Appellant was indicted and convicted in the district court of Chaves county on an information charging him with selling “ * * * * one neat cattle of the property of R. L. Durham, without having any' right to sell the same, contrary to the provisions of Section 35-1617, New Mexico Statutes Annotated, 1929 Compilation.” He was sentenced to a term in the penitentiary of not less than five years nor more than five years. From this judgment and sentence the case is here on appeal.
Two grounds are assigned by appellant for reversal. Only one need be considered, inasmuch as a determination of it is decisive. Appellant contends that he should have been prosecuted under the provisions of Comp.St.1929, § 35-2405, rather than under the provisions of section 35-1617. Section 35-1617, so far as material, reads as follows: “That any person who sells or who offers to knowingly sell any property of which he is not the owner, or which he has not been given the right to sell 'shall be deemed guilty of a felony, and upon conviction thereof shall be punished by imprisonment at hard labor in the penitentiary for not less than one year nor more than ten, or shall at the discretion of the court be fined not less than five hundred dollars nor more than five thousand dollars and costs of prosecution.”
Section 35-2405, so far as material, reads: “Any person who shall steal, embezzle, or knowingly kill, sell, drive, lead, or ride away, or in any manner deprive the owner of the immediate possession of any neat cattle, horse, mule, sheep, goat, swine, or ass; * * * shall be deemed *368guilty of a felony, and on conviction thereof in any court of competent jurisdiction shall be punished by imprisonment not less than one year nor more than five years, and by a fine not less than five hundred dollars ($500.00) nor more than five thousand dollars ($5,000.00), at the discretion of the court.”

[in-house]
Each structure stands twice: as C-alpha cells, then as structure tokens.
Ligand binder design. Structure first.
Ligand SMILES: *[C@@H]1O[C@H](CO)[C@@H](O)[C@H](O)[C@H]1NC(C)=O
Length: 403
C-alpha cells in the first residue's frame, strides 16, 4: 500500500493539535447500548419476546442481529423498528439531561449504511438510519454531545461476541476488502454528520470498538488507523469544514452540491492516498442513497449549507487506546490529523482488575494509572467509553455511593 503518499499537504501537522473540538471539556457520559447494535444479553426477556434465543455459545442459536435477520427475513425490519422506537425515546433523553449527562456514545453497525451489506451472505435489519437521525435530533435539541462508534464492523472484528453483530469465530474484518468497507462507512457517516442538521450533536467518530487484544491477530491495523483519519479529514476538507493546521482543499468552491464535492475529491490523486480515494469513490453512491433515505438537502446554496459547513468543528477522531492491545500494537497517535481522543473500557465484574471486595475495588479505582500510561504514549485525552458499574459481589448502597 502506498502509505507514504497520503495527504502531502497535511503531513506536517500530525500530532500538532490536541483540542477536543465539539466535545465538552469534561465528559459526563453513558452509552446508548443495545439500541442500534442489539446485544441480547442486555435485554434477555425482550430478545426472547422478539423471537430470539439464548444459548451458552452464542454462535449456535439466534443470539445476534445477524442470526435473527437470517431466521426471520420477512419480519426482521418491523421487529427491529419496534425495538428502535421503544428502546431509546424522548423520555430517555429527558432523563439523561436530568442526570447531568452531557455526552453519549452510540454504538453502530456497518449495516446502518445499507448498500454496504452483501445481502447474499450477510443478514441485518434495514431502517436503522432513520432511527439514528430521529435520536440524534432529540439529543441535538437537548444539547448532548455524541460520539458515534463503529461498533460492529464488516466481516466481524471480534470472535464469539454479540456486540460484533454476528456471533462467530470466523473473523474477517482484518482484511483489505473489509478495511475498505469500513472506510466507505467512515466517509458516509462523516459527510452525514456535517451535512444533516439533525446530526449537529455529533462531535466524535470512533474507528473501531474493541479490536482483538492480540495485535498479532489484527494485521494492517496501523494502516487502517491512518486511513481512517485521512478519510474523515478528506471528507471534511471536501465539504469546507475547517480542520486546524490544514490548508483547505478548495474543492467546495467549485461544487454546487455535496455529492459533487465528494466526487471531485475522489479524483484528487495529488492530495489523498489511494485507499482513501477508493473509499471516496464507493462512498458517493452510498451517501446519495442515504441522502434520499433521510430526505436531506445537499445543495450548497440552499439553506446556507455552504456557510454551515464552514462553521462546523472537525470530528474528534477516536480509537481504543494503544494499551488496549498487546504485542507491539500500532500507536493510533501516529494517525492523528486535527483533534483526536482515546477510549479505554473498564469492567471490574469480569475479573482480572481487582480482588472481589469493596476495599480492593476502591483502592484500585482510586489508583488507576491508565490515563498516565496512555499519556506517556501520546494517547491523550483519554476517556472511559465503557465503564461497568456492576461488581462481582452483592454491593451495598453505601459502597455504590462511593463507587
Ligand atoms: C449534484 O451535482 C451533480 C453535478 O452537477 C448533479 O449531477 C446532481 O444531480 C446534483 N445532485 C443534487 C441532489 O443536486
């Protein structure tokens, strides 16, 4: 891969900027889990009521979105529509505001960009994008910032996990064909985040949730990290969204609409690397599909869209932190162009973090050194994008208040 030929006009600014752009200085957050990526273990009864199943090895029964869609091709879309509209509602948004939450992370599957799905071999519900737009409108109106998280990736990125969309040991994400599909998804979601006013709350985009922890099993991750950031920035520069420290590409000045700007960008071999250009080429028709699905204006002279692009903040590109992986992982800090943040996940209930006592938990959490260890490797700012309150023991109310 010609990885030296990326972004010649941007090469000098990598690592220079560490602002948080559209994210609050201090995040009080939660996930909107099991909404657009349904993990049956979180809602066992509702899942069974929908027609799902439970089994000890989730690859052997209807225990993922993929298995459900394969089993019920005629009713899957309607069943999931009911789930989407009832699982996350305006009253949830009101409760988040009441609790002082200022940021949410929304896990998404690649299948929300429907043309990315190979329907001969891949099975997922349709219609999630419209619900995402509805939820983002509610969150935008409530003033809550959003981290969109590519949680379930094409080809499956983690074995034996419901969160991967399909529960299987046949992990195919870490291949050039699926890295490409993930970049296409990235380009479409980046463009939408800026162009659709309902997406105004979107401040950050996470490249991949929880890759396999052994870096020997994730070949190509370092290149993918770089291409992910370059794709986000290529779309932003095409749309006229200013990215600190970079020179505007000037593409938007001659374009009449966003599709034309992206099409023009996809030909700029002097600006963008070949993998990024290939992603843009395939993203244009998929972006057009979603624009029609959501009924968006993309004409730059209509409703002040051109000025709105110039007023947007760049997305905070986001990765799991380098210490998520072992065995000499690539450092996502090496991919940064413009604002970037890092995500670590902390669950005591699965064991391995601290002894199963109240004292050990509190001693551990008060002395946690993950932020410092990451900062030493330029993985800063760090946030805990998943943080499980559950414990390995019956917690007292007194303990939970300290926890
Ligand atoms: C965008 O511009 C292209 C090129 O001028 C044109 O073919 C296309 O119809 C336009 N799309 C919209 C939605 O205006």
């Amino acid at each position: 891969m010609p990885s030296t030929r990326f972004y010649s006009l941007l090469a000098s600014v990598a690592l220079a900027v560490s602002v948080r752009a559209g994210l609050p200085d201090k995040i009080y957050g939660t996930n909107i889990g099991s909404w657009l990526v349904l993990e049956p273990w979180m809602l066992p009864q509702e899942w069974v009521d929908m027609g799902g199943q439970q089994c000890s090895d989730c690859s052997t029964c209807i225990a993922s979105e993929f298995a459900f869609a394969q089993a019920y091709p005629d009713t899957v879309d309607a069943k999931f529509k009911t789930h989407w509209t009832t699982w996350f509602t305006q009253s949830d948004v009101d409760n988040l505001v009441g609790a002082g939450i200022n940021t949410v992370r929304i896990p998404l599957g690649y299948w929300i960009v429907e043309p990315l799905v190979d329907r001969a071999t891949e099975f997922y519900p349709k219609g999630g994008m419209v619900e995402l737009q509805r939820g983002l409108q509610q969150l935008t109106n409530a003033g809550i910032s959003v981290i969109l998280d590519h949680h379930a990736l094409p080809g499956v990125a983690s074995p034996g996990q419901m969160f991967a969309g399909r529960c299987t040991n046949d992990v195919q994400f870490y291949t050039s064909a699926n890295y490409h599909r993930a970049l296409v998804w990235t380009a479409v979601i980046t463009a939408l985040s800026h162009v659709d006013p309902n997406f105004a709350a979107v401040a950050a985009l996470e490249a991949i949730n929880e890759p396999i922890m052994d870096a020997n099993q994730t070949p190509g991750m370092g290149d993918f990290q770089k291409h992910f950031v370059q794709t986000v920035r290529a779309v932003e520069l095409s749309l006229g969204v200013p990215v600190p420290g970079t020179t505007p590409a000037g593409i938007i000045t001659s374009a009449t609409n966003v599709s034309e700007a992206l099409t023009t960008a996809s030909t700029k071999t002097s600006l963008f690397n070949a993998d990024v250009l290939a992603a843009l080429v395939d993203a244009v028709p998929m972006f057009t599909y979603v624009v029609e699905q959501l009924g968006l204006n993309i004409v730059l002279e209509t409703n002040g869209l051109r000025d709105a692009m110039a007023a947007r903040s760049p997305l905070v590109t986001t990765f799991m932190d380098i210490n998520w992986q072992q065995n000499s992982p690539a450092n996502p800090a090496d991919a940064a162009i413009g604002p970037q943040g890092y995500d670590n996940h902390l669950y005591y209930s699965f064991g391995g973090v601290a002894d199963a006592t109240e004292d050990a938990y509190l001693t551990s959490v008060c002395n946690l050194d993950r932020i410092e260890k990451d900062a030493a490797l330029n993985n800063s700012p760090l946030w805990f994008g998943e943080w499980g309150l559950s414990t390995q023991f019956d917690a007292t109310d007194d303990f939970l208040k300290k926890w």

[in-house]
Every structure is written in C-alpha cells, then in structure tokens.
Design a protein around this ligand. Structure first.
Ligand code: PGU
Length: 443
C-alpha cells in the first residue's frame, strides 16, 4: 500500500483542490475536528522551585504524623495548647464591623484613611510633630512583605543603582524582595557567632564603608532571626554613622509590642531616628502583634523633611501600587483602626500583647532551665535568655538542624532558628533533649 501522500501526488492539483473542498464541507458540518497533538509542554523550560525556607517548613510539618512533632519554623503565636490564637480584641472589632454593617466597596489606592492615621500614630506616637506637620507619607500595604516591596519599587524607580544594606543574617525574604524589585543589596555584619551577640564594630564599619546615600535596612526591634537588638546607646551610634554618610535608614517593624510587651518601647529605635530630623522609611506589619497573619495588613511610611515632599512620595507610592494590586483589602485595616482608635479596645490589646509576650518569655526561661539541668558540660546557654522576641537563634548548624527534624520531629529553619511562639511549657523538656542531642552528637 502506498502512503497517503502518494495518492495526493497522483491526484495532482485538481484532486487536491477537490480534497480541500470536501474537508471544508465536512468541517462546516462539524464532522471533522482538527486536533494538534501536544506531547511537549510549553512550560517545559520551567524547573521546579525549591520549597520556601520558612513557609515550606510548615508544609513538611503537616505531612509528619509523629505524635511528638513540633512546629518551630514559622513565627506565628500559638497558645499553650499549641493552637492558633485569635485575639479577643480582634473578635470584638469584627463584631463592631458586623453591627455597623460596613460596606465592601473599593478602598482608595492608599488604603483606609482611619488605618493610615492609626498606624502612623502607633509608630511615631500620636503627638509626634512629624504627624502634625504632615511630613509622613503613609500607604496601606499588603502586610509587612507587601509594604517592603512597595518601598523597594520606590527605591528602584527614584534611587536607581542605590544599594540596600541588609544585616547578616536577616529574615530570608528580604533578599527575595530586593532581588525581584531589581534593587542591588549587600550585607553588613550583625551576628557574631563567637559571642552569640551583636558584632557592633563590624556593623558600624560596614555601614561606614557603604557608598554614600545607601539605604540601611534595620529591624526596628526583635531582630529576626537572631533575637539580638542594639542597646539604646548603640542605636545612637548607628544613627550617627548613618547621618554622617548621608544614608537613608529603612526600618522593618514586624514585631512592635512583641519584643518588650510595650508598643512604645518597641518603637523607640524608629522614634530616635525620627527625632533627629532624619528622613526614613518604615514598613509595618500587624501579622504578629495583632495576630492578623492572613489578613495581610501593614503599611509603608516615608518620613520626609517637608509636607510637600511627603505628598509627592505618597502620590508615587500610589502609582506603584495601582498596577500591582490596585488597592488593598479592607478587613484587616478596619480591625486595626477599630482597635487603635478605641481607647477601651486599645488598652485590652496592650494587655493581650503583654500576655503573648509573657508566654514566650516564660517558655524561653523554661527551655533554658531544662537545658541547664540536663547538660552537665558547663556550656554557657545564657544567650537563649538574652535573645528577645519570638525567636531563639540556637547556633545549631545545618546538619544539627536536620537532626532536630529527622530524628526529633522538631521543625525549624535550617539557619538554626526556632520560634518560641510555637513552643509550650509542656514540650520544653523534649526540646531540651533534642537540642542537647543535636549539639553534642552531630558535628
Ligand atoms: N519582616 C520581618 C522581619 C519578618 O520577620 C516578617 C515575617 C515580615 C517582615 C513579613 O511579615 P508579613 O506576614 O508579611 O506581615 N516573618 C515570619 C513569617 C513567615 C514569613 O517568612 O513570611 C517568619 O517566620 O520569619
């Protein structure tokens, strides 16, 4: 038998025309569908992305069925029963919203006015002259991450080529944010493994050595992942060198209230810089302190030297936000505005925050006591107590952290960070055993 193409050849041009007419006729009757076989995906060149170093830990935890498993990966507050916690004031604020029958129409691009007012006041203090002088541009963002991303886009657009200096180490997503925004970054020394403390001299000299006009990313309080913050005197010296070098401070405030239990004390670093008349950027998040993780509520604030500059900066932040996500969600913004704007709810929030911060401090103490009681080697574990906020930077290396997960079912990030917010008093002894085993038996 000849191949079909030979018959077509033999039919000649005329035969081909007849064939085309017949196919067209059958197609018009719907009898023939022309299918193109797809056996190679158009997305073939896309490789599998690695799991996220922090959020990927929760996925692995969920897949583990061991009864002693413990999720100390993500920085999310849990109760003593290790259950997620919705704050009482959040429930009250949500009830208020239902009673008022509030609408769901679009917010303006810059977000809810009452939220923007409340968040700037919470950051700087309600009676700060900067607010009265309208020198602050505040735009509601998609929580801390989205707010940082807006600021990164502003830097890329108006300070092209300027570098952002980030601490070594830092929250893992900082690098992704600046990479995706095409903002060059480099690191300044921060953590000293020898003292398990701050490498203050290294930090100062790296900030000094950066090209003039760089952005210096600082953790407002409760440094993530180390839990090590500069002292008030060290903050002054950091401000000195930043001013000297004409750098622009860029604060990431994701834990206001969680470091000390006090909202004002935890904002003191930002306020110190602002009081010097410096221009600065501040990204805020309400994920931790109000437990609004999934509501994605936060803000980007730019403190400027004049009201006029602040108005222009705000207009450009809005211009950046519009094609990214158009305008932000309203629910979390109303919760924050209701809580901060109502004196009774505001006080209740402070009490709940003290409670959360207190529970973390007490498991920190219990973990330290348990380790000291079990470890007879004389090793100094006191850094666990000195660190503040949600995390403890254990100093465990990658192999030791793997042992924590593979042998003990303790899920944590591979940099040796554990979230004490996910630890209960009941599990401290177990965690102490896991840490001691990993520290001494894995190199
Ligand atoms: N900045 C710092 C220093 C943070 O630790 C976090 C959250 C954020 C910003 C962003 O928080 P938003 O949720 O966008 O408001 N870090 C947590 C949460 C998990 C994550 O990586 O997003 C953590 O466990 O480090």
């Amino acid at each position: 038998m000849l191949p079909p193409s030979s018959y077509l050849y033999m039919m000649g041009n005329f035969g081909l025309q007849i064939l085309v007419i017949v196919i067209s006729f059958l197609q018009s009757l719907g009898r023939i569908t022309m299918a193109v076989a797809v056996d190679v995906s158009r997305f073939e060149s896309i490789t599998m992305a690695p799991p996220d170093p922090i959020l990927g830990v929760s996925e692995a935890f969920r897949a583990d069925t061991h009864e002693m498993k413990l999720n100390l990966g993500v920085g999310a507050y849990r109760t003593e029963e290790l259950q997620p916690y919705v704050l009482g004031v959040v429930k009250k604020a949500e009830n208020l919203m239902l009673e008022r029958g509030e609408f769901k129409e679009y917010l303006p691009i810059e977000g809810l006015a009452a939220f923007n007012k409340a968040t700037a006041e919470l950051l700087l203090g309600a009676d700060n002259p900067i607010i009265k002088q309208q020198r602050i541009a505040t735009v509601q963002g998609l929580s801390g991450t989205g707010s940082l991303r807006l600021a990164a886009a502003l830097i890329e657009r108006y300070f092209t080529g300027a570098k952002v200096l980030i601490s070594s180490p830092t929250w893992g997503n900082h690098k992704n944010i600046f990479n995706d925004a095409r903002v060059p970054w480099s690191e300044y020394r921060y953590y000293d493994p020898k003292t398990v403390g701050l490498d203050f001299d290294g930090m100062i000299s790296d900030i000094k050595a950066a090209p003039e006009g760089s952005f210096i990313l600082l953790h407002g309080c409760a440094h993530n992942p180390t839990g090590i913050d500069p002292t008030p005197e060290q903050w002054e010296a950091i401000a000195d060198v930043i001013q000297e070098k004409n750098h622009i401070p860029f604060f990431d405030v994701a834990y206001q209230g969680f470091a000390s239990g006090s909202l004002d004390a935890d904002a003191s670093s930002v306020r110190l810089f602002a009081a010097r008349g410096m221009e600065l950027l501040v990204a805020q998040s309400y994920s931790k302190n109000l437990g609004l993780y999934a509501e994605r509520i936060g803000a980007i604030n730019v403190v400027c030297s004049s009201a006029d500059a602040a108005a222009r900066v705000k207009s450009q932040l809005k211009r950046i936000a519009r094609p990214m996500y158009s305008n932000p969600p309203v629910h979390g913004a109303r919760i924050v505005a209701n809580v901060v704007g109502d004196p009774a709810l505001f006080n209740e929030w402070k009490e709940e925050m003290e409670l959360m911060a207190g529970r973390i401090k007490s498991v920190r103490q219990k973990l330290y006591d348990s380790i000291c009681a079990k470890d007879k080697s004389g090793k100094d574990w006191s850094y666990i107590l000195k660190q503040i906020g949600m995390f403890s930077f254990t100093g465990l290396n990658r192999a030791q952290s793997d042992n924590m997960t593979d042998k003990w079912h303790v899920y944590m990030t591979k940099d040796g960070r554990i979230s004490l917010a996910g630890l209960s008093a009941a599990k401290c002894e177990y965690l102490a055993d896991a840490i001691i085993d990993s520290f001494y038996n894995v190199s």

Had appellant been prosecuted under section 35-2405, the resulting difference to him might have been in the penalty. Section 35-1617 provides a minimum of one year and a maximum of ten instead of only five years. The possible prejudice to the appellant is in the increased penalty which Laws 1929, c. 58, § 1, imposes, the appellant being, a second offender. The appellant does not question the evidence sustaining the conviction.
It will be observed from a comparison of so much of these acts as is copied supra that both indict the same offense; namely, a sale of property not owned by the seller. We attach no significance to the fact that the animal statute uses the term “knowingly” in connection with the sale prohibited, whereas the other uses that word only in connection with prohibiting the offering for sale. Certainly no conviction could be had or sustained under either statute if the violation were not shown to be. willful.